3 Class / 15 Hour Series
February 17, March 17 and April 27
11am – 4pm EST
15 CEUs (pending) NCCAOM Provider # 278
This course has been approved by the California Acupuncture Board, Provider Number 679, for 15 hours of continuing education.
This course is non-refundable.
Stroke is a leading cause of disability worldwide, particularly among communities of color and the medically underserved; incidence appears to rise with the inflammation and blood stasis of COVID-19. Even before the pandemic, stroke was on the rise among young patients; now we can expect to see the condition more and more. With our unique practical skills and theoretical framework, acupuncturists can be of extraordinary benefit to patients at any stage of stroke survival, even years later – and also in preventive care, identifying and addressing constitutional and biomedical risk factors. Too often, school courses and research protocols jump to treating scalp and body points for motor impairment after stroke, barely scratching the surface of the medicine’s capabilities.
This course systematically introduces and develops key skills for assessment and treatment planning in acute and chronic post-stroke care. These include:
- A core theoretical framework for stroke etiology, prevention and treatment
- Relevant anatomy and pathology, from an integrative, news-you-can-use perspective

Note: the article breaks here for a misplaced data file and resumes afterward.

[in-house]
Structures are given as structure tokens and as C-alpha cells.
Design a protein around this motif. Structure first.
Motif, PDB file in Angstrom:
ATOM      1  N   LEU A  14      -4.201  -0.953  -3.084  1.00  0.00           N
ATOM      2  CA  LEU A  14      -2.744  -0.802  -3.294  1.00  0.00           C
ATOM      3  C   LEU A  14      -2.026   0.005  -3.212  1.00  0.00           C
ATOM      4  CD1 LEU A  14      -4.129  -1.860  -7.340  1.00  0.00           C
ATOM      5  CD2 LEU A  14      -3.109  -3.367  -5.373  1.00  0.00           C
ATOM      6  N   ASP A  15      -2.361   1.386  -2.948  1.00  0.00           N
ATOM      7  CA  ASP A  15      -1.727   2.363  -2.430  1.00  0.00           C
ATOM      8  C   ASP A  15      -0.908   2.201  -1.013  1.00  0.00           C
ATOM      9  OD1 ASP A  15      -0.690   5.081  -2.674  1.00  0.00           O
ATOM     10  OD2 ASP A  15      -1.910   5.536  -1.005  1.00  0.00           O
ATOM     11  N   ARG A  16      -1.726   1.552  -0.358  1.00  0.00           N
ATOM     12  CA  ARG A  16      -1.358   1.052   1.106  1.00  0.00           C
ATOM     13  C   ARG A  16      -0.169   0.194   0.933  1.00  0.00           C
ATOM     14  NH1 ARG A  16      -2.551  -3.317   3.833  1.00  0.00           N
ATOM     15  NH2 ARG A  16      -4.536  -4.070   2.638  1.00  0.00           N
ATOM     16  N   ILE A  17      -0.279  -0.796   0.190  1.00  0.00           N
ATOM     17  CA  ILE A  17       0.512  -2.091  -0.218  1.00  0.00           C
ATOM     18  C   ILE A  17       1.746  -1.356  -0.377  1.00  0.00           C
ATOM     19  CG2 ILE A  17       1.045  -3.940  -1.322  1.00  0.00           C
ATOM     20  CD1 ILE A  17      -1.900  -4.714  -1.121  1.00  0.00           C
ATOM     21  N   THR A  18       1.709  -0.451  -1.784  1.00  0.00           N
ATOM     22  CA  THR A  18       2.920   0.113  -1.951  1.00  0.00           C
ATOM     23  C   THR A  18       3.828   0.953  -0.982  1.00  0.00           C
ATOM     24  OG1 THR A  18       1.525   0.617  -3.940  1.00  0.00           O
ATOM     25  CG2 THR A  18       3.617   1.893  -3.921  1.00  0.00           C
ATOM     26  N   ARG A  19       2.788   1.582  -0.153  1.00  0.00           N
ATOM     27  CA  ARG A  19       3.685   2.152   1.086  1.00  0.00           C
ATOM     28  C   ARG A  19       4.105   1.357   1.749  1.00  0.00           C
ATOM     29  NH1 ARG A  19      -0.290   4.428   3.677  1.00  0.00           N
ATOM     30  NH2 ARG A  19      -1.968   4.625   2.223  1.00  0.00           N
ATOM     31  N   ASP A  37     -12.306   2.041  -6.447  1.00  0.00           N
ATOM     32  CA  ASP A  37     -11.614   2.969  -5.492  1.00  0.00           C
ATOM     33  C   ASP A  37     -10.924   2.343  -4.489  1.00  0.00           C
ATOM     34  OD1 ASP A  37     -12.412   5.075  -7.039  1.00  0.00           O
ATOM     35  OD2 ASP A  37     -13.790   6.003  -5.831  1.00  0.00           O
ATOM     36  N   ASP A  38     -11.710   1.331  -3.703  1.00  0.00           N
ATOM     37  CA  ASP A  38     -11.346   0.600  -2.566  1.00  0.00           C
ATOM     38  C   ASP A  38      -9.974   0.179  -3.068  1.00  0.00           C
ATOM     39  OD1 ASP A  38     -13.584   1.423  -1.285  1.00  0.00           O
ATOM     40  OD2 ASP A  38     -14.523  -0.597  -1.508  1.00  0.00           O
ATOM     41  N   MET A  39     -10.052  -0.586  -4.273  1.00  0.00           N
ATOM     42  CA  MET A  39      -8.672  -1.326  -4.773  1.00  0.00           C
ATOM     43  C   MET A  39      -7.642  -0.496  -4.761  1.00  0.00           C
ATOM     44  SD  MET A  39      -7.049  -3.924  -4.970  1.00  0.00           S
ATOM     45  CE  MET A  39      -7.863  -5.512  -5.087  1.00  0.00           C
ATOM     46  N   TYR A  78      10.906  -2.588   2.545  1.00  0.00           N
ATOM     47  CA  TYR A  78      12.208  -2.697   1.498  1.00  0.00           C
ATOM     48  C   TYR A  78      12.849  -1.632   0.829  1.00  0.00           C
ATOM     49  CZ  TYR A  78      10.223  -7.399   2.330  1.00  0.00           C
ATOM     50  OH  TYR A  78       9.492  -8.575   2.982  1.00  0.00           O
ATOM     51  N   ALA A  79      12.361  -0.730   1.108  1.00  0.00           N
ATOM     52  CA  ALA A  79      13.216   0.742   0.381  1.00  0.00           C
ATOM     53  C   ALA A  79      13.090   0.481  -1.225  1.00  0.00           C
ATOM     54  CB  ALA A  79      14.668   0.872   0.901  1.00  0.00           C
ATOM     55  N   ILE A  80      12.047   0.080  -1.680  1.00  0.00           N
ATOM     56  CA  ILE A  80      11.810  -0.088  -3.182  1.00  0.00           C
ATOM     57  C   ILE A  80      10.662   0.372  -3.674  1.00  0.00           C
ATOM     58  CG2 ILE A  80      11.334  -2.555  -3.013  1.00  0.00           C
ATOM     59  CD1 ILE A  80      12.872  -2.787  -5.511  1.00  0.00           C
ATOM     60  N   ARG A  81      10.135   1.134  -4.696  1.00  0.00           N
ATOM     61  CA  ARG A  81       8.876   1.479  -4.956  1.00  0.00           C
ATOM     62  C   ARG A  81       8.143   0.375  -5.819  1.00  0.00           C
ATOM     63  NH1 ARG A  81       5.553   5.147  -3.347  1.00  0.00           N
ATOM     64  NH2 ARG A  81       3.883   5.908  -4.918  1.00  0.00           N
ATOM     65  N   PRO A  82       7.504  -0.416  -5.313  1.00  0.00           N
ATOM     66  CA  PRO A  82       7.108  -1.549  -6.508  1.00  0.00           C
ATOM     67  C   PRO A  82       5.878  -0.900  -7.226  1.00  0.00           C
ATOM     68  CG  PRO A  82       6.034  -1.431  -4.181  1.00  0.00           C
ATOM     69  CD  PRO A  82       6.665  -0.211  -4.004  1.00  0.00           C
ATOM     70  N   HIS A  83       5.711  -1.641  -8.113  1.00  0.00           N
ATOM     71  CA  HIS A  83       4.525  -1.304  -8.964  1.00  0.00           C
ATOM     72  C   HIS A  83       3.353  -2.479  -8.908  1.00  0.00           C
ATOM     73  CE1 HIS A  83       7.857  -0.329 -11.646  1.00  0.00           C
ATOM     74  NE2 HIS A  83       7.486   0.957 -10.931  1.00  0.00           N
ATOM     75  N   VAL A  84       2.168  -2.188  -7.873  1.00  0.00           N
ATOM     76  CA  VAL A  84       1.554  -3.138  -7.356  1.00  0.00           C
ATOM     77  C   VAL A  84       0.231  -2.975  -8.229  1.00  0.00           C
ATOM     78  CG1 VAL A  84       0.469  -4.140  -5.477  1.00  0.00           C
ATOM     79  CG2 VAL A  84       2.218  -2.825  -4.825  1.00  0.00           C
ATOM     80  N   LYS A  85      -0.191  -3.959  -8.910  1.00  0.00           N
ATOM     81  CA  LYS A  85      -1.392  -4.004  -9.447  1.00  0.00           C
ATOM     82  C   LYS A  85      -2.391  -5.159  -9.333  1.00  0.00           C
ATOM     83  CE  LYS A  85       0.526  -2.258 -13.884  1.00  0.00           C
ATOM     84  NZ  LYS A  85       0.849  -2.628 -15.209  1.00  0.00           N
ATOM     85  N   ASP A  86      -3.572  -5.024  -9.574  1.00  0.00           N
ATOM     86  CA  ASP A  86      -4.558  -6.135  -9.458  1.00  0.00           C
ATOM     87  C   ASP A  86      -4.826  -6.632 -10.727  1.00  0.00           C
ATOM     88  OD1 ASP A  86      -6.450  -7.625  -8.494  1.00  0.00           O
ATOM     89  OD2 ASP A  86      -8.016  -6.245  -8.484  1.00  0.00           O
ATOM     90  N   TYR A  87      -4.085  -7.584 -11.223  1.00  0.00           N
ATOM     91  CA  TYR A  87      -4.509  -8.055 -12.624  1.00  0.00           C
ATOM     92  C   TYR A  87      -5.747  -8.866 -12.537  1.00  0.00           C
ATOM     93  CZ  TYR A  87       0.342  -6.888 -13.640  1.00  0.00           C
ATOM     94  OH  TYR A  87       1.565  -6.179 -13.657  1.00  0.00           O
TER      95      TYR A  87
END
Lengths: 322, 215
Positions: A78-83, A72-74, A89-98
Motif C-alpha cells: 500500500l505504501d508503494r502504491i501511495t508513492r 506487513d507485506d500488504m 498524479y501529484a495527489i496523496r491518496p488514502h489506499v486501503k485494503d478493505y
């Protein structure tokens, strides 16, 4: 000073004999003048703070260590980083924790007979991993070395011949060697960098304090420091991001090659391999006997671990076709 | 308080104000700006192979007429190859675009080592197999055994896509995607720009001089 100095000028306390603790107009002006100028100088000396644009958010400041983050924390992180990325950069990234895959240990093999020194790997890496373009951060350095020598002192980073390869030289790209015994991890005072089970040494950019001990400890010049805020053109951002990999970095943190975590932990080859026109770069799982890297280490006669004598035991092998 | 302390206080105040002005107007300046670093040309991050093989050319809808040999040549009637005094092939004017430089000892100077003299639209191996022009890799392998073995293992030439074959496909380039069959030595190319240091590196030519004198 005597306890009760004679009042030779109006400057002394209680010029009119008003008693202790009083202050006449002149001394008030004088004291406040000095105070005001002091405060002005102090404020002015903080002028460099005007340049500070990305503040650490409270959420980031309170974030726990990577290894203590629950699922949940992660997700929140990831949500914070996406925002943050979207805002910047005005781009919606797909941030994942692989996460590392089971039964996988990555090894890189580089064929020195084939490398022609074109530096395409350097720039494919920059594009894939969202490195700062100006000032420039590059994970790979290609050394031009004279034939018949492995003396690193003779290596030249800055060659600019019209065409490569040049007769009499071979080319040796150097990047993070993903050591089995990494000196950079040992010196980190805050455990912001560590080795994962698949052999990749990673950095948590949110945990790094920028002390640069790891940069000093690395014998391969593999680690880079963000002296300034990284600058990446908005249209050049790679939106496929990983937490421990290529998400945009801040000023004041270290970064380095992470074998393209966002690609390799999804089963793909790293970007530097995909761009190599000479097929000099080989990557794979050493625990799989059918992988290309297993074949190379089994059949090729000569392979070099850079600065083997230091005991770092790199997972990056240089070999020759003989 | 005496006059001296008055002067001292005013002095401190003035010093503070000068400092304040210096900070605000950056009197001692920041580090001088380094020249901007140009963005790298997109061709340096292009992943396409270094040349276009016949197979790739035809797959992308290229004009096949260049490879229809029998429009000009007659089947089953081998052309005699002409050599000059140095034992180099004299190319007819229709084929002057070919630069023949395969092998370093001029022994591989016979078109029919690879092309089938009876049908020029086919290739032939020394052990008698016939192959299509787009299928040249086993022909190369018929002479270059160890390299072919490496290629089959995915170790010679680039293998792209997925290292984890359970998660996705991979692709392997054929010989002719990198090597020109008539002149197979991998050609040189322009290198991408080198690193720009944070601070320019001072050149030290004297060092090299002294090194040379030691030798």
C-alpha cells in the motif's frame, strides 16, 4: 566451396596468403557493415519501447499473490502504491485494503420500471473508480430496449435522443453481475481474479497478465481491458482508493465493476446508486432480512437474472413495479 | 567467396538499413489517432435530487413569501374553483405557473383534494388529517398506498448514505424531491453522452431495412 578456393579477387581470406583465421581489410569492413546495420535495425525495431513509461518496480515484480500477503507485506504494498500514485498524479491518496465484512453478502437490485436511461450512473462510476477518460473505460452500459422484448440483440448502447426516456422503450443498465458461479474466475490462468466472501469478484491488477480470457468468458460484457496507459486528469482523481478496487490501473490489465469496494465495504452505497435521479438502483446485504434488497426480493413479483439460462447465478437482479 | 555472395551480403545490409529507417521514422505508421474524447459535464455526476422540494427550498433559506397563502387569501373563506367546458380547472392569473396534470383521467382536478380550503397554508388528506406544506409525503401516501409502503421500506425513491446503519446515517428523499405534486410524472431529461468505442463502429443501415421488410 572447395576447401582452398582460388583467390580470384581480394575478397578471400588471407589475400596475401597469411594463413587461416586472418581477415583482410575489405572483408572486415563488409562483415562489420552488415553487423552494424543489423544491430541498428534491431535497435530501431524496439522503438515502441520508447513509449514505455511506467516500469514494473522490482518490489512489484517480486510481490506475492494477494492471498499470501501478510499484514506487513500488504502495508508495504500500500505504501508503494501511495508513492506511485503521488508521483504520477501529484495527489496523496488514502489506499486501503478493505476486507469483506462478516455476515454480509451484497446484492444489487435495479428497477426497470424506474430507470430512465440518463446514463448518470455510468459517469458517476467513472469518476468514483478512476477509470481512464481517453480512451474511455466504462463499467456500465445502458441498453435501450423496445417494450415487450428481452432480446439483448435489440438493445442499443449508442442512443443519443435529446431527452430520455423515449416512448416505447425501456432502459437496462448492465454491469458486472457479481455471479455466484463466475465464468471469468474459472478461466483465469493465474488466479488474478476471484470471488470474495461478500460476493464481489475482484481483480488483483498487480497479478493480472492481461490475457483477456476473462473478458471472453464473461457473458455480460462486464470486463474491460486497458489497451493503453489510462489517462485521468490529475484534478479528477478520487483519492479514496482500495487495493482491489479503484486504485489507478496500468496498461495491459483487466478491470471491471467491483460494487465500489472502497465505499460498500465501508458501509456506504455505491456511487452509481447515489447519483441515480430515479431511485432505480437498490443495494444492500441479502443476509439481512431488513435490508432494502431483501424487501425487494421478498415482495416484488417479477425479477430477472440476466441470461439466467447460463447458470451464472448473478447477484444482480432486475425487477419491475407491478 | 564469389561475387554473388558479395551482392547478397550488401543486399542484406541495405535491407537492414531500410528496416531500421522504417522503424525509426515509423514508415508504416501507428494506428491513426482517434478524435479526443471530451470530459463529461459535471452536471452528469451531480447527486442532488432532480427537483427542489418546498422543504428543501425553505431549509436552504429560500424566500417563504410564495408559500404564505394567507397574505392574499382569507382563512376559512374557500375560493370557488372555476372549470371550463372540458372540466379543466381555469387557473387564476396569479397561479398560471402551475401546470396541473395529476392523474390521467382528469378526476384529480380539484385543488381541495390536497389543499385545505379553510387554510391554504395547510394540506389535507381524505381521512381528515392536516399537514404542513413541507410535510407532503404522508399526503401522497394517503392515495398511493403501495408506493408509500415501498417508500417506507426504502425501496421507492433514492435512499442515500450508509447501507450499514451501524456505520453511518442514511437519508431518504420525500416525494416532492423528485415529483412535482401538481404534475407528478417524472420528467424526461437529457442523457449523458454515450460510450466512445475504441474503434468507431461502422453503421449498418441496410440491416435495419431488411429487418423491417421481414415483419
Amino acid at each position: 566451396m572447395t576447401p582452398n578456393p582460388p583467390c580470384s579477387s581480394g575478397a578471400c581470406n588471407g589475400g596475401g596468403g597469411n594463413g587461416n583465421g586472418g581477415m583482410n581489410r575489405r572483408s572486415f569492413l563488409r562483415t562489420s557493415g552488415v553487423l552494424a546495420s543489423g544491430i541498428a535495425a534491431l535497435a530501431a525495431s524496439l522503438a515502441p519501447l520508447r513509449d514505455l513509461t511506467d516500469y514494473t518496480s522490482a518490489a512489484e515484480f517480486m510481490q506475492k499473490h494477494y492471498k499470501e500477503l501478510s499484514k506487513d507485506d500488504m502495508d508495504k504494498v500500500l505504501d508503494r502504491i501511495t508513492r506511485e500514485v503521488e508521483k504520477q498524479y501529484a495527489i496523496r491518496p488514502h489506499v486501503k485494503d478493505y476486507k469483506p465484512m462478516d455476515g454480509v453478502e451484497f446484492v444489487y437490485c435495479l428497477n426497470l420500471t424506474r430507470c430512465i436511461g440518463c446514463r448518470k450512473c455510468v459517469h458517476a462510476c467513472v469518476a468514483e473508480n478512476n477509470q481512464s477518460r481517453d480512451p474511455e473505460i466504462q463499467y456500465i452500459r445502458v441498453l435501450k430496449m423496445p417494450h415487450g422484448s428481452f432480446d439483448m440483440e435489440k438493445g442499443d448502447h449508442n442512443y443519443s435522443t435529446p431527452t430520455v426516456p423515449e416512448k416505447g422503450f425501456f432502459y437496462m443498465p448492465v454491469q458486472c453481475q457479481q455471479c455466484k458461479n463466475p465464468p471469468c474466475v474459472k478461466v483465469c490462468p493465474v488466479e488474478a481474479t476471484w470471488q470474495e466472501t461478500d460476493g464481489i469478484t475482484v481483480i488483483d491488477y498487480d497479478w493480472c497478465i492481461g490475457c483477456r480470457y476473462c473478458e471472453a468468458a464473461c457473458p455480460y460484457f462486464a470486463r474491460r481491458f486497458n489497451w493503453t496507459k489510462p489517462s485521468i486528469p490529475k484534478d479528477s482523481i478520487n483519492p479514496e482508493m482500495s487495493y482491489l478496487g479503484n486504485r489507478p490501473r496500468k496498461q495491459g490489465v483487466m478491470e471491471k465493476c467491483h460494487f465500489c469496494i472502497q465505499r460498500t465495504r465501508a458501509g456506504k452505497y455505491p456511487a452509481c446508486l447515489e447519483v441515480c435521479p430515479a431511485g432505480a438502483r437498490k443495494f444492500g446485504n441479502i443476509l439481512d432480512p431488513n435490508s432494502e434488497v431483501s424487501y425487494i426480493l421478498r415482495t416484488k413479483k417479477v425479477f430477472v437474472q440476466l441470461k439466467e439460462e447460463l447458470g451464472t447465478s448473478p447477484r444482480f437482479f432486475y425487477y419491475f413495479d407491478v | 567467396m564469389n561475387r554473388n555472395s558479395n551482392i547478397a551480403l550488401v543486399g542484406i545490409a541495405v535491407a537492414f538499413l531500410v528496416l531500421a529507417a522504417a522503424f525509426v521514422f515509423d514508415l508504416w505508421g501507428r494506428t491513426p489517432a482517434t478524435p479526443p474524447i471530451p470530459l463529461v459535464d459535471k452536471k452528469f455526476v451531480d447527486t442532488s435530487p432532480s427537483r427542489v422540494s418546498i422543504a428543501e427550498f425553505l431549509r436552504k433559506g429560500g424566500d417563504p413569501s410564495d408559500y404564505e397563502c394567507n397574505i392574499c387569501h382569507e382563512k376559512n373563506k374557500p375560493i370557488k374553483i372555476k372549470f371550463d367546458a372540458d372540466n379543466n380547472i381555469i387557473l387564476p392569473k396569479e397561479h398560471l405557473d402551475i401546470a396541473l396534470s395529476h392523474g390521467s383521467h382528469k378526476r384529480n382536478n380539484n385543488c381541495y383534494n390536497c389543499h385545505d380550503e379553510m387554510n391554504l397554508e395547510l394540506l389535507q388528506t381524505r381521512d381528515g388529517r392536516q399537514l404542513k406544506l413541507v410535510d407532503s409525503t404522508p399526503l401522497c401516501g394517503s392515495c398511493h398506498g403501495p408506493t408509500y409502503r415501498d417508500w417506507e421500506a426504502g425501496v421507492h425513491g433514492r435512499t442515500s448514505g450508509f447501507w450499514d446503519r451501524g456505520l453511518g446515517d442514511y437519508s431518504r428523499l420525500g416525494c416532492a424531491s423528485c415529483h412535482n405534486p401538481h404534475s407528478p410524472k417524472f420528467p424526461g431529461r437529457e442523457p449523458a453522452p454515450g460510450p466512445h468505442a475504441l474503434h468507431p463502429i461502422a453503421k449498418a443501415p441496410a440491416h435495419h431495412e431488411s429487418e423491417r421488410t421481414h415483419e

- A staged approach to patient assessment and treatment planning throughout the recovery journey
- Clear guidelines for framing both practitioner and patient expectations, relative to stroke severity and time window post stroke
The course is presented in three parts that can be broken into weekly modular units or ‘binged’. Up front, the emphasis is on immediate application of skills that practitioners already have, in case of CVA among a practitioner’s family or patient base. Course participants will be asked to reflect on their own patient charts to assess who may be at elevated stroke risk and what interventions could be of help. For ongoing study, case examples are provided along with online resources and readings. The overall theoretical framework and its development can be found in Claudia’s PhD thesis (easily searched and freely available online – search ‘Citkovitz stroke’ and it pops right up).
Refunds of 75% will be granted up to the first day of class. No refunds will be granted after that.